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Engineers Experience Emotions, Too!

The downsizing that’s occurring at Keysight has created a great deal of uncertainty for affected employees. One of the immediate responses voiced by terminated employees was, “I’m going to sell all of my [Keysight] stock!”

This was an emotional response from some very rational, analytical people. Anger was the culprit and a natural human response.

I’ve seen too many engineers and other people make financial mistakes and regrettable decisions made from a place of fear, anger, disappointment or disbelief.

What would be the consequences of selling all of your Keysight stock?

Depending on your income and the amount of stock you owned, it could be quite severe. In many cases, it could put you in the 33%-39.6% Federal tax bracket, and 10.23%-14.63% California tax bracket.

Plus you could owe 3.8% surtax on Net Investment Income, including, but not limited to: interest, dividends, capital gains, rental and royalty income, non-qualified annuities, income from businesses that are passive activities.  Capital gains could also include gains on the sale of your personal residence that exceeds $250,000 per individual or $500,000 per couple.


Let’s look at an example. You have received seven (7) months of pay through the July 21st period. Add in six months of severance pay for a long-time employee. (Together, this equals is a year and one month of earned income).

Then add in other income, such as net rental income (which is very common), exercise of stock options, sales of restricted stock units and any capital gains from your taxable portfolio.

For some Keysight employees and their spouses or partners, this could easily exceed $250,000 or more of taxable income.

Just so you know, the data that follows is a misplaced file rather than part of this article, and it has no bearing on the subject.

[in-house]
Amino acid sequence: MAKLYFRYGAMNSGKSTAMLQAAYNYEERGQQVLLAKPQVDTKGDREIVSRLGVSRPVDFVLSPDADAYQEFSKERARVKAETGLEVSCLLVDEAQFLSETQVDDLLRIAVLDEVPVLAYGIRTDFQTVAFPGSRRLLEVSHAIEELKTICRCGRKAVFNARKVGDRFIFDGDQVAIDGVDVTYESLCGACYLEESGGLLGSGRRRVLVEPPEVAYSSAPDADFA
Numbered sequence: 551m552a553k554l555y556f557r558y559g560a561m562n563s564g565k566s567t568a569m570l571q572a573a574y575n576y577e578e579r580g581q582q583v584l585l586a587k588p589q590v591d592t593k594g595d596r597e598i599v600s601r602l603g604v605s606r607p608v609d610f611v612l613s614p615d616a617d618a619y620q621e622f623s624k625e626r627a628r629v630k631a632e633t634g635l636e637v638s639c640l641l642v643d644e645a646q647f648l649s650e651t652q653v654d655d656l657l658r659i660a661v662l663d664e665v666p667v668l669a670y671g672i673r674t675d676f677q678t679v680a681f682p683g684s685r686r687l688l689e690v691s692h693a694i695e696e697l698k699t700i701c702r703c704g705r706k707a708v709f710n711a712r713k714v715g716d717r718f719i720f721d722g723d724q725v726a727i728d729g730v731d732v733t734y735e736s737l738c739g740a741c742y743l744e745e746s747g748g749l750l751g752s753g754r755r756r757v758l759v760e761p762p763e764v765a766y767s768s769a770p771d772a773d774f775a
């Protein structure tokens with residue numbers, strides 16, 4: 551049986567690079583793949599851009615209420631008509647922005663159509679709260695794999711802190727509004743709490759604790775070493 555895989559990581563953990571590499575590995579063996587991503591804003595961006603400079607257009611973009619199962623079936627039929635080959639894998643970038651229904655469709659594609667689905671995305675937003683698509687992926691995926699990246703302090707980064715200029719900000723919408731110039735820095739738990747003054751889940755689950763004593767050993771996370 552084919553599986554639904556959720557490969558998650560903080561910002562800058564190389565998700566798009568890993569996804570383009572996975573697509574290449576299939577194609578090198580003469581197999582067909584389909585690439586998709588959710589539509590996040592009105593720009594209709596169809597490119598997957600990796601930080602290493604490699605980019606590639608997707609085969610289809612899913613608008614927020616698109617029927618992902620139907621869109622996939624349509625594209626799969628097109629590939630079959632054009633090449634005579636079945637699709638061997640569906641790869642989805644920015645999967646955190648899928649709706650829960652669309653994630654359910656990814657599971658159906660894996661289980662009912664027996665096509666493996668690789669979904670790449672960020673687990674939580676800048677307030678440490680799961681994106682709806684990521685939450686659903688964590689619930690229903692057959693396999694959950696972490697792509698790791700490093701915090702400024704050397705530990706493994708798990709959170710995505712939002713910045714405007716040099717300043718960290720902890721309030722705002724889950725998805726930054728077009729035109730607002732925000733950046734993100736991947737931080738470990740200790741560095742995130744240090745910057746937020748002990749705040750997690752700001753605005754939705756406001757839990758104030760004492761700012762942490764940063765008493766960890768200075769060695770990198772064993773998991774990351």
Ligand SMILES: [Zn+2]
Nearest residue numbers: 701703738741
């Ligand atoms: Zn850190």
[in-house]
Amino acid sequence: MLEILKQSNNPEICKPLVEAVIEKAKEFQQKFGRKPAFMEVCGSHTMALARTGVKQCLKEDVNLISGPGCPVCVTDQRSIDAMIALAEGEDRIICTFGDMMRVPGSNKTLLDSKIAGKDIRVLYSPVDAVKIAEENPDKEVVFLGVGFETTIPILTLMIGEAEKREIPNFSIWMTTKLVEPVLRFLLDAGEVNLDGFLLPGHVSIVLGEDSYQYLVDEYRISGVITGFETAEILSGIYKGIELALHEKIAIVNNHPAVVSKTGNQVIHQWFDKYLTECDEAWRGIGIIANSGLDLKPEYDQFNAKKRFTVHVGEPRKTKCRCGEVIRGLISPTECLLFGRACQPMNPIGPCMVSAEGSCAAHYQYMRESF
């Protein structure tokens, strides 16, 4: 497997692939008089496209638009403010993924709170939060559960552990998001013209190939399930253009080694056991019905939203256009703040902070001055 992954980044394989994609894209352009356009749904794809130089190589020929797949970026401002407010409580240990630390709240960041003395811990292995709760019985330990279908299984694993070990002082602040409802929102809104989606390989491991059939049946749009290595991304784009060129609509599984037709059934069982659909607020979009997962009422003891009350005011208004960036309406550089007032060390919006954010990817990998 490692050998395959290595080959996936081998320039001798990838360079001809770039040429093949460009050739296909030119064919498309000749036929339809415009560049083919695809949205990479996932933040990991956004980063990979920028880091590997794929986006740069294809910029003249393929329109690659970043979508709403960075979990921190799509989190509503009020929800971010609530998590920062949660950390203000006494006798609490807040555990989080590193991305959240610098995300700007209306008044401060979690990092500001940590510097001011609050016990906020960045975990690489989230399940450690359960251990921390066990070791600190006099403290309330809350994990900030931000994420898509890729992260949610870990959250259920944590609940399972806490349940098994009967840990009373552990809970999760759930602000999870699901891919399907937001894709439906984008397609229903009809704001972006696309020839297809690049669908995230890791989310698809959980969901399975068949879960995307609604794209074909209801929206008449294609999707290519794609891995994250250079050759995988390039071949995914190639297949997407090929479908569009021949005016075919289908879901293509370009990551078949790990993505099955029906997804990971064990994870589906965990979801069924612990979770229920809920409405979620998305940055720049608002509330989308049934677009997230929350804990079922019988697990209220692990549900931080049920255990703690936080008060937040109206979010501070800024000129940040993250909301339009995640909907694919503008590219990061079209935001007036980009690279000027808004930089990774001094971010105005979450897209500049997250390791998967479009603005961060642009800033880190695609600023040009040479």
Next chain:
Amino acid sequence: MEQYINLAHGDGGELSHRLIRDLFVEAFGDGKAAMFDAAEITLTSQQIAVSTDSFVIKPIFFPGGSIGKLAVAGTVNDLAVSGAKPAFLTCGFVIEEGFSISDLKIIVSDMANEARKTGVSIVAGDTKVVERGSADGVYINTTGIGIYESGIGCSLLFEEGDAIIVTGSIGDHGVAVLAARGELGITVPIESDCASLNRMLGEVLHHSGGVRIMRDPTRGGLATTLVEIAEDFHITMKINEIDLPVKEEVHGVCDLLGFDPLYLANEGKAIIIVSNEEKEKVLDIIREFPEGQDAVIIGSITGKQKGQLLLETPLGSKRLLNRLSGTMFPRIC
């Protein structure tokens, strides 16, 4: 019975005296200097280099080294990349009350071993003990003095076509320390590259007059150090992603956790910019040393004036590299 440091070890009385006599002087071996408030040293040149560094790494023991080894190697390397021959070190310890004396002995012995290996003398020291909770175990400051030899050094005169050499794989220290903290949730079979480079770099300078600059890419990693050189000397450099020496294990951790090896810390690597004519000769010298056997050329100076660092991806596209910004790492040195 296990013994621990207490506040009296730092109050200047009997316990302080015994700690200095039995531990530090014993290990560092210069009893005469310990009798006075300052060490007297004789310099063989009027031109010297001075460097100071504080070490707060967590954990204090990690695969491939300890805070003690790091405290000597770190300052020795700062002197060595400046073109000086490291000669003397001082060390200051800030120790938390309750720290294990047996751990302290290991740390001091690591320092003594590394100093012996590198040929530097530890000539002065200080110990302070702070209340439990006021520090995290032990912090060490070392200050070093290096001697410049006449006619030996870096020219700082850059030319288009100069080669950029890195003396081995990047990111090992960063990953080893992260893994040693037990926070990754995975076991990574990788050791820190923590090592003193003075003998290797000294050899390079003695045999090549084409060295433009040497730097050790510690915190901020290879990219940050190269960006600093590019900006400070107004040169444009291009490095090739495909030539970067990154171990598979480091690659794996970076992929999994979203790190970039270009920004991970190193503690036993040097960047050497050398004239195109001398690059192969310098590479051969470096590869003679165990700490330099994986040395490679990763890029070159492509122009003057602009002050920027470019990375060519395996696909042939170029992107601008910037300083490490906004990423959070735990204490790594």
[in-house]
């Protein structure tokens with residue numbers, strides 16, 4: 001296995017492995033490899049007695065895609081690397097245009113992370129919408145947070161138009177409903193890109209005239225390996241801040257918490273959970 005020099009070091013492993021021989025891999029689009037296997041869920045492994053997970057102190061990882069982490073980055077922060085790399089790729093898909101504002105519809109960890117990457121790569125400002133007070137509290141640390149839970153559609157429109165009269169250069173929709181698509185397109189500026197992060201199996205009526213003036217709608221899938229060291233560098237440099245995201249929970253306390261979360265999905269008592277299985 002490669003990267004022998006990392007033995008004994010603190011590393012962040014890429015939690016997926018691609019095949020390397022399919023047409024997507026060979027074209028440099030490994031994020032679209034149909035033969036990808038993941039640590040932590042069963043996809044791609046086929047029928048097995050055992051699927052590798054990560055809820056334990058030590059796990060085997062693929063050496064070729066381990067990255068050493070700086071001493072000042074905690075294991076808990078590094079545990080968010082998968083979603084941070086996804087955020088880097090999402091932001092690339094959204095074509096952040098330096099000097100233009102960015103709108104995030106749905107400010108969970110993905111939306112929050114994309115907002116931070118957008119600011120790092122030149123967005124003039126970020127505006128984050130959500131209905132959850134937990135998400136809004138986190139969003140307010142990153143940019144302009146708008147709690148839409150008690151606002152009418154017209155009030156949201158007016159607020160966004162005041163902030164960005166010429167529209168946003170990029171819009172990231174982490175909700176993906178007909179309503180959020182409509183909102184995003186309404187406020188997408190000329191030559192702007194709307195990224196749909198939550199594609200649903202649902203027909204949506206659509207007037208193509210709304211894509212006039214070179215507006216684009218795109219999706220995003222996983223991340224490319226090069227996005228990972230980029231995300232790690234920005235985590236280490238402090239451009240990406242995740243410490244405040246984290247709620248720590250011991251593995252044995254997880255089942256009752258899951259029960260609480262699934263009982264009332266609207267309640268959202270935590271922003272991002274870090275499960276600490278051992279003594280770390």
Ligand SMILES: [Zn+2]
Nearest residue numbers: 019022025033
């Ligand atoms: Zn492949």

With emotions running so high, many feel rushed—and in some cases panicked—to make decisions. This is a lizard brain response—the survival instinct.

Now is the time to step back, look at your overall situation and make only the financial decisions that have to be made, such as:

   ·   Selecting a medical insurance plan upon termination
   ·   Signing up to pay your GUL and long-term care premiums directly from your bank.

All other financial decisions can wait 60-90 days or more.

Many decisions appear obvious, but I’ve been doing this long enough to know that “obvious” isn’t always clear. Many important decisions can be delayed 6-12 months or even two to three years.

Give yourself permission to pause. I do this all the time with my clients.

Take time to get a solid understanding of your situation. This helps slow you down and helps you avoid the regrettable and irrevocable decisions. (This happens all too often when emotions are running high and you feel compelled to act). 

More importantly, a pause gives you time to move back into your logical and analytical brain. When you’re able to focus on your big picture, you can think things through and see which combination of options are best for you in the long run.

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